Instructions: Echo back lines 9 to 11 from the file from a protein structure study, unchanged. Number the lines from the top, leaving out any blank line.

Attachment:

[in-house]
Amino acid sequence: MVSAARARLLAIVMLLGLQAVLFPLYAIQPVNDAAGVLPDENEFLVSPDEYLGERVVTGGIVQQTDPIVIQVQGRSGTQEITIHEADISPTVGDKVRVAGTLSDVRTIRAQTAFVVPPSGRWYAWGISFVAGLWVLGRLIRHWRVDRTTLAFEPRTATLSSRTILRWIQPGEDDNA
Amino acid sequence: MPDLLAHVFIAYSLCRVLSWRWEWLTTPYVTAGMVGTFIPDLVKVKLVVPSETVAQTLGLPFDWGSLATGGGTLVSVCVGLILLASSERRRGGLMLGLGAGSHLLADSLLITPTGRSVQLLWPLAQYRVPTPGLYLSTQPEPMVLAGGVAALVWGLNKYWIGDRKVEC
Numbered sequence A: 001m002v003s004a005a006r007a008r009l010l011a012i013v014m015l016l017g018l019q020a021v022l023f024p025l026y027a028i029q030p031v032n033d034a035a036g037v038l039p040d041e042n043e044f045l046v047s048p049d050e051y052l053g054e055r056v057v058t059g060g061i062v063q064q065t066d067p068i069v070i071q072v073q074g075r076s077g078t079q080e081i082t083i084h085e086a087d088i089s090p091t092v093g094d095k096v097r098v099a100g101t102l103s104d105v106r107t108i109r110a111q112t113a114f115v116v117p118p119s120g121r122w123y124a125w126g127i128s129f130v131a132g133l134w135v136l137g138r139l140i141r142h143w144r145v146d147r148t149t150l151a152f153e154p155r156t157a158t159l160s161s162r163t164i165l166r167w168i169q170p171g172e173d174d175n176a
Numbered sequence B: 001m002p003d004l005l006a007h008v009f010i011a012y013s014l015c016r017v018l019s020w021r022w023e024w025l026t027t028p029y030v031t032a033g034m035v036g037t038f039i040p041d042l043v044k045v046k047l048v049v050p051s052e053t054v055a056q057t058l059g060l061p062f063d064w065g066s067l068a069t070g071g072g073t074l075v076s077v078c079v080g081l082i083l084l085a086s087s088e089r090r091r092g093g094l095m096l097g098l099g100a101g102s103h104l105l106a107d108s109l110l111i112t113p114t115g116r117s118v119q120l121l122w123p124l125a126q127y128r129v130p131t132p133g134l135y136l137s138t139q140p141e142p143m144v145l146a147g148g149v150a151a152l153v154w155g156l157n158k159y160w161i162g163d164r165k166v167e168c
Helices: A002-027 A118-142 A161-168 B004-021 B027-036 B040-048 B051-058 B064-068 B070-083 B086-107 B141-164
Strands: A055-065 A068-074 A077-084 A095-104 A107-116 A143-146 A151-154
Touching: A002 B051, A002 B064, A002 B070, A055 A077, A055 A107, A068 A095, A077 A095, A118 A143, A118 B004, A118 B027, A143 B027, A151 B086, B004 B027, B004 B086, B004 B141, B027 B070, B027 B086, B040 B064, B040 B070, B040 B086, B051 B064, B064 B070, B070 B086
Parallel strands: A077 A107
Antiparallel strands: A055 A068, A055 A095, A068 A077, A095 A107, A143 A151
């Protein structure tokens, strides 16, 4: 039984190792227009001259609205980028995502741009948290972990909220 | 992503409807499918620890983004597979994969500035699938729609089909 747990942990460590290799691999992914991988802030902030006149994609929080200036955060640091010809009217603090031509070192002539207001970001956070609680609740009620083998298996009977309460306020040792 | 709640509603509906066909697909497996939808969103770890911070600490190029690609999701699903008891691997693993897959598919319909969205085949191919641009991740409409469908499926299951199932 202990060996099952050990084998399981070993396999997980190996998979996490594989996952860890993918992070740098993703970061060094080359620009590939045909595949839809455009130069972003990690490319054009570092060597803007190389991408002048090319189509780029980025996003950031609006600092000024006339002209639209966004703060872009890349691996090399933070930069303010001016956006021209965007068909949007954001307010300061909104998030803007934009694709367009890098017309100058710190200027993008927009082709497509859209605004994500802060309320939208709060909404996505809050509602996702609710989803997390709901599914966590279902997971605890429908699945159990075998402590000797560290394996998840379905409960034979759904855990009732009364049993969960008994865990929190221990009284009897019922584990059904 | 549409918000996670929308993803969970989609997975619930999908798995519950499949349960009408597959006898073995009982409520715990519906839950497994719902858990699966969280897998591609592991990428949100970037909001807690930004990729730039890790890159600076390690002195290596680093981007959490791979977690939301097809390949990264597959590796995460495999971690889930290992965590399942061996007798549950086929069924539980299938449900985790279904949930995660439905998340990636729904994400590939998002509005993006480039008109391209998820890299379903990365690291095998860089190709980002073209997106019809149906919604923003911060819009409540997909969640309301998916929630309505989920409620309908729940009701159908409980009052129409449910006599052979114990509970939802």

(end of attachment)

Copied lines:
Parallel strands: A077 A107
Antiparallel strands: A055 A068, A055 A095, A068 A077, A095 A107, A143 A151
């Protein structure tokens, strides 16, 4: 039984190792227009001259609205980028995502741009948290972990909220 | 992503409807499918620890983004597979994969500035699938729609089909 747990942990460590290799691999992914991988802030902030006149994609929080200036955060640091010809009217603090031509070192002539207001970001956070609680609740009620083998298996009977309460306020040792 | 709640509603509906066909697909497996939808969103770890911070600490190029690609999701699903008891691997693993897959598919319909969205085949191919641009991740409409469908499926299951199932 202990060996099952050990084998399981070993396999997980190996998979996490594989996952860890993918992070740098993703970061060094080359620009590939045909595949839809455009130069972003990690490319054009570092060597803007190389991408002048090319189509780029980025996003950031609006600092000024006339002209639209966004703060872009890349691996090399933070930069303010001016956006021209965007068909949007954001307010300061909104998030803007934009694709367009890098017309100058710190200027993008927009082709497509859209605004994500802060309320939208709060909404996505809050509602996702609710989803997390709901599914966590279902997971605890429908699945159990075998402590000797560290394996998840379905409960034979759904855990009732009364049993969960008994865990929190221990009284009897019922584990059904 | 549409918000996670929308993803969970989609997975619930999908798995519950499949349960009408597959006898073995009982409520715990519906839950497994719902858990699966969280897998591609592991990428949100970037909001807690930004990729730039890790890159600076390690002195290596680093981007959490791979977690939301097809390949990264597959590796995460495999971690889930290992965590399942061996007798549950086929069924539980299938449900985790279904949930995660439905998340990636729904994400590939998002509005993006480039008109391209998820890299379903990365690291095998860089190709980002073209997106019809149906919604923003911060819009409540997909969640309301998916929630309505989920409620309908729940009701159908409980009052129409449910006599052979114990509970939802």